“Pole-pole” (pronounced polay-polay) is a common swahili expression. On treks in east Africa, you’ll be advised to take it slowly or “pole-pole”. My two trekking poles help me tackle steep ascents and tricky descents pole-pole, even if I lack the elegance of a light footed African gazelle…. [Continue reading]
Hey Sister Go Sister Soul Sister! There is the reassuring, familiar sound of women chatting in front and behind me, as we power along the harbour side bush track. A cool breeze provides some evening relief after a warm Sydney summer’s day. The current topic of our walking conversation is our decision to change our name, from the ironic Over the Hill, to a more upbeat Sole Sisters, a name which better expresses who we are. Of course, the conversation quickly turns to soul music to walk by…. [Continue reading]
From the small sandy beach beside Blue Hole on the Lane Cove River you can look up at the arches of De Burghs bridge, carrying streams of traffic on an important North South artery through Sydney. Blue Hole was the first fresh water swimming spot on the Lane Cove River, out of reach of the tide and sharks in the days before the weir at Fullers Rd dammed the river. The building of the weir submerged early wharves on the river, including the highest wharf which was near Blue Hole, Lofberg’s Wharf. Blue Hole is reached on a side track of the Great North Walk, as you walk up the Lane Cove valley towards Brown’s Waterhole.
We start this 12km loop at Allen Park, in west Killara, and follow the Great North Walk across Blackbutt creek, under De Burgh’s bridge and onward up the valley. About 4km from the start, look out for a track to the left that crosses the Lane Cove River and climbs some stone carved steps towards the Macquarie University sport fields. Walk around the sport fields and pick up the path on the other side, which takes you down to Brown’s Waterhole. Return to Allen Park by following the Great North Walk on the eastern side of the Lane Cove river valley.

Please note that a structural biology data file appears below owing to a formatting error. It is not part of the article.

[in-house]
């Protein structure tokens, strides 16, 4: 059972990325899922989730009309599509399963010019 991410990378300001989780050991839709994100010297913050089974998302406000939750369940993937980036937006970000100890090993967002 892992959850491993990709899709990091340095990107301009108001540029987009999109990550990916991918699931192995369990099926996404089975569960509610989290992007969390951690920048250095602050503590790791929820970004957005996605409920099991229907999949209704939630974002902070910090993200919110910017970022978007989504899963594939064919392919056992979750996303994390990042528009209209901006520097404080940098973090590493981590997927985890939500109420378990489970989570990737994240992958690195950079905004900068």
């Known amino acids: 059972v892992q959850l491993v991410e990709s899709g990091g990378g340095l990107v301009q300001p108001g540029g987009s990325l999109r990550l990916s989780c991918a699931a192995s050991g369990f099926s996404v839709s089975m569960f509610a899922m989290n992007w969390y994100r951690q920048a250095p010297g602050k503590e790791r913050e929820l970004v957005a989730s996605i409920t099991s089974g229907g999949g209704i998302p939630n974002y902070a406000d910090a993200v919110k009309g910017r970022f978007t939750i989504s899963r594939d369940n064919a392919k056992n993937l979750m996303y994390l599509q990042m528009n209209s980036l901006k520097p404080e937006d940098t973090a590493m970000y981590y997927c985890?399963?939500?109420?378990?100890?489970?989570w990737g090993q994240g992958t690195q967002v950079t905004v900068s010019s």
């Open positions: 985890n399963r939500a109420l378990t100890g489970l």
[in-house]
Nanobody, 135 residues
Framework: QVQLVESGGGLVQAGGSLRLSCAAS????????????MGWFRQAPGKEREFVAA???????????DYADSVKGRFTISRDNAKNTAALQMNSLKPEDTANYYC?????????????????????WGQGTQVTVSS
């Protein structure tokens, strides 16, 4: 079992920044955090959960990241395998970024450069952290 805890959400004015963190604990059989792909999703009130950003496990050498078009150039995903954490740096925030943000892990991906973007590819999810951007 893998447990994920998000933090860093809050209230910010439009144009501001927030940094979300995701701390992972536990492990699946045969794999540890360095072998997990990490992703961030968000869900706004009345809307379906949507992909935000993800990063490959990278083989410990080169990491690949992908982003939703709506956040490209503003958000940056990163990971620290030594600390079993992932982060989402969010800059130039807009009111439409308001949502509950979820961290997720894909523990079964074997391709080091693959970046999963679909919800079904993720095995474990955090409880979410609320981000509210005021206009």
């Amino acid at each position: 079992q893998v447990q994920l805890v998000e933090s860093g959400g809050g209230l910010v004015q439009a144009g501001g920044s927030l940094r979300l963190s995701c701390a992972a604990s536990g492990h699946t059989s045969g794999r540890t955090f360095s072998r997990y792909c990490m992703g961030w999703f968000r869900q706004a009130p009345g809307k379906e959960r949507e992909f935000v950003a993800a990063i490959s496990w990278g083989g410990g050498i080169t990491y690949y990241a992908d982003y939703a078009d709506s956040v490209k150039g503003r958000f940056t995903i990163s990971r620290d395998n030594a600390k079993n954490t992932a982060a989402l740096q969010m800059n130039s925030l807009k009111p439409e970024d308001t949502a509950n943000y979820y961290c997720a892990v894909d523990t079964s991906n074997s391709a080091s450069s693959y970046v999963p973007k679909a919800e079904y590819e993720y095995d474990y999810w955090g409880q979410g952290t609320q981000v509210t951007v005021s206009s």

The early European settlers in Sydney displaced the first people, the Guringai, who have left their mark in engravings in the Lane Cove valley. These engravings include a wallaby close to Allen Park and wallaby tracks near Brown’s Waterhole. John Brown in 1850 was recorded as the owner of land from De Burgh’s bridge to Pearce’s corner, and watered his cattle on the waterhole on the river.
At one stage Brown employed Lofberg, a young Swedish mariner who jumped ship in 1857 and headed up the Lane Cove river to hide. Lofberg ferried wood felled in the forests to Darling Harbour, from his wharf near Blue Hole. Although it is likely the wharf was not much more than a pile of rocks at the highest navigable spot on the river. Smart man, he later married the boss’s daughter. Children today now play on Lofberg Oval and swim in the local council pool in West Pymble, not far from the old river swimming spot Blue Hole near Lofberg’s early wharf.
De Burgh’s Bridge